In recent years, the concept of embedding composite scintillators consisting of nanosized inorganic crystals in an organic matrix has been actively pursued. Nanocomposite detectors have the potential to meet many of the homeland security, non-proliferation, and border and cargo-screening needs of the nation and, by virtue of their superior nuclear identification capability over plastic, at roughly the same cost as plastic, have the potential to replace all plastic detectors. Nanocomposites clearly have the potential of being a gamma ray detection material that would be sensitive yet less expensive and easier to produce on a large scale than growing large, whole crystals of similar sensitivity. These detectors would have a broad energy range and a sufficient energy resolution to perform isotopic identification. The material can also be fabricated on an industrial scale, further reducing cost. This investigation focused on designing and fabricating prototype core/shell and quantum dot (QD) detectors. Fourteen core/shell and four QD detectors, all with the basic consistency of a mixture of nanoparticles in a polymer matrix with different densities of nanoparticles, were prepared. Nanoparticles with sizes <10 nm were fabricated, embedded in a polystyrene matrix, and the resultant scintillators’ radiation detector properties were characterized. This work also attempted to extend the gamma energy response on both low- and high-energy regimes by demonstrating the ability to detect low-energy and high-energy gamma rays. Preliminary results of this investigation are consistent with a significant response of these materials to nuclear radiation.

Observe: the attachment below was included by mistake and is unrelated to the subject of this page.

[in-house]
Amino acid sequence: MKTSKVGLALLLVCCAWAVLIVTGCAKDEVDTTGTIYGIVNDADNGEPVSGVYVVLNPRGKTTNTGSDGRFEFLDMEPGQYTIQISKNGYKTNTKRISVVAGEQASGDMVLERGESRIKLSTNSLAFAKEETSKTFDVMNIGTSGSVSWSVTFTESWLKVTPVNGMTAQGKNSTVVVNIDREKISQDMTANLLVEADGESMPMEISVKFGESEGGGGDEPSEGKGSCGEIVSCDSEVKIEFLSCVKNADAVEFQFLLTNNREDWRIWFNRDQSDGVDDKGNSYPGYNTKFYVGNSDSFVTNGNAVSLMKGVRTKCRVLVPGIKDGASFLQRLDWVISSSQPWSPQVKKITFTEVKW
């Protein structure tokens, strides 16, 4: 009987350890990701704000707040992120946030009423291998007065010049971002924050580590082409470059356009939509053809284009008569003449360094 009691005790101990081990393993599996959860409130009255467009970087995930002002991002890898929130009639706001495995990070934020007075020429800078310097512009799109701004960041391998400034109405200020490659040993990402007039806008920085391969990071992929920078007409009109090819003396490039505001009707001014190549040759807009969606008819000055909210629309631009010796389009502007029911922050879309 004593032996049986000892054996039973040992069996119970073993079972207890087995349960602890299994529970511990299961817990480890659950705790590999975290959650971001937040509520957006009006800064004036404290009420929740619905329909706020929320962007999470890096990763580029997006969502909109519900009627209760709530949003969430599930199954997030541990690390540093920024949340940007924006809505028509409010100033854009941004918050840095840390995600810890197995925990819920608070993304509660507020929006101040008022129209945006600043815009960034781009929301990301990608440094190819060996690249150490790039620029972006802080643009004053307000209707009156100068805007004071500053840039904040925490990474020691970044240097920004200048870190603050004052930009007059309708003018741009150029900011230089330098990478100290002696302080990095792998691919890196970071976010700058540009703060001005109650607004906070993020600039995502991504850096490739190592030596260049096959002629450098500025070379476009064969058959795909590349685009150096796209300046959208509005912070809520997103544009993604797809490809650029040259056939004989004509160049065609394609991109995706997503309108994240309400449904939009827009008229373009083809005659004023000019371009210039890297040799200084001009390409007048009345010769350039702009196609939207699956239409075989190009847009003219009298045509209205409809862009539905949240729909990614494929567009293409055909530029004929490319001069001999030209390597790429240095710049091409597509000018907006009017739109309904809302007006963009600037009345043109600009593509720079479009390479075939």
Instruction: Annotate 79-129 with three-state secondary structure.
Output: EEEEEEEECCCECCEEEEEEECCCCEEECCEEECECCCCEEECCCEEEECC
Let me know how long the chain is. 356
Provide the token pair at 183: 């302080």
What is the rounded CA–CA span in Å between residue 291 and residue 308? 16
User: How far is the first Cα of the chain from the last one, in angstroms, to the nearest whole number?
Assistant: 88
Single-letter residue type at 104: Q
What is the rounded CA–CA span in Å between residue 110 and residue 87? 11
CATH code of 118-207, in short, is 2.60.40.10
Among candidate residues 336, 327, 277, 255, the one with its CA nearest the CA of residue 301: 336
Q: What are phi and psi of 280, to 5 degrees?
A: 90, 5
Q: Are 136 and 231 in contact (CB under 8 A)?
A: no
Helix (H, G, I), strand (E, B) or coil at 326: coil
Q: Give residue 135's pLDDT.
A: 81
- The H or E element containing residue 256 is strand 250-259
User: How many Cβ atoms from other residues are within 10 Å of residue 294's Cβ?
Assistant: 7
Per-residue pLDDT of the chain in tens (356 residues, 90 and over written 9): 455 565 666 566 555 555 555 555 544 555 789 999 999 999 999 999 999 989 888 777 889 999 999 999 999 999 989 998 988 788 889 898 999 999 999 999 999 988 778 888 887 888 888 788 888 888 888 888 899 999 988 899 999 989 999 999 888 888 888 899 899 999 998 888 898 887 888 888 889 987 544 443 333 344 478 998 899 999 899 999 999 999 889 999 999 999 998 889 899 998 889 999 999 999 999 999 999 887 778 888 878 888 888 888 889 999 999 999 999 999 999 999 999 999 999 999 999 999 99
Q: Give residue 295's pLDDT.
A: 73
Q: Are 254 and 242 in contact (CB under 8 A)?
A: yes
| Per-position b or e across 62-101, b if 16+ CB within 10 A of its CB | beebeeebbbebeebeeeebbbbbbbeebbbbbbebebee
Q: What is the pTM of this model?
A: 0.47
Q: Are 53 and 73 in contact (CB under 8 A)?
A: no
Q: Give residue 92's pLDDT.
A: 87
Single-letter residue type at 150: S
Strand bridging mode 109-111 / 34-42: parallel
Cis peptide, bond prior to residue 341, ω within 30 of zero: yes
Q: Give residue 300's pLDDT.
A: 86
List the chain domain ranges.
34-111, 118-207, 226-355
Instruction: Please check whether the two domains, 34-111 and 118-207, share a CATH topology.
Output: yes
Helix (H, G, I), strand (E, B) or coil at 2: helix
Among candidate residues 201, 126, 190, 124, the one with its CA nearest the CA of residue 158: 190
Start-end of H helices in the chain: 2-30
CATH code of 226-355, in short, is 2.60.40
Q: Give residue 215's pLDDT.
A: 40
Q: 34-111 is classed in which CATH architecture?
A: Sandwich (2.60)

,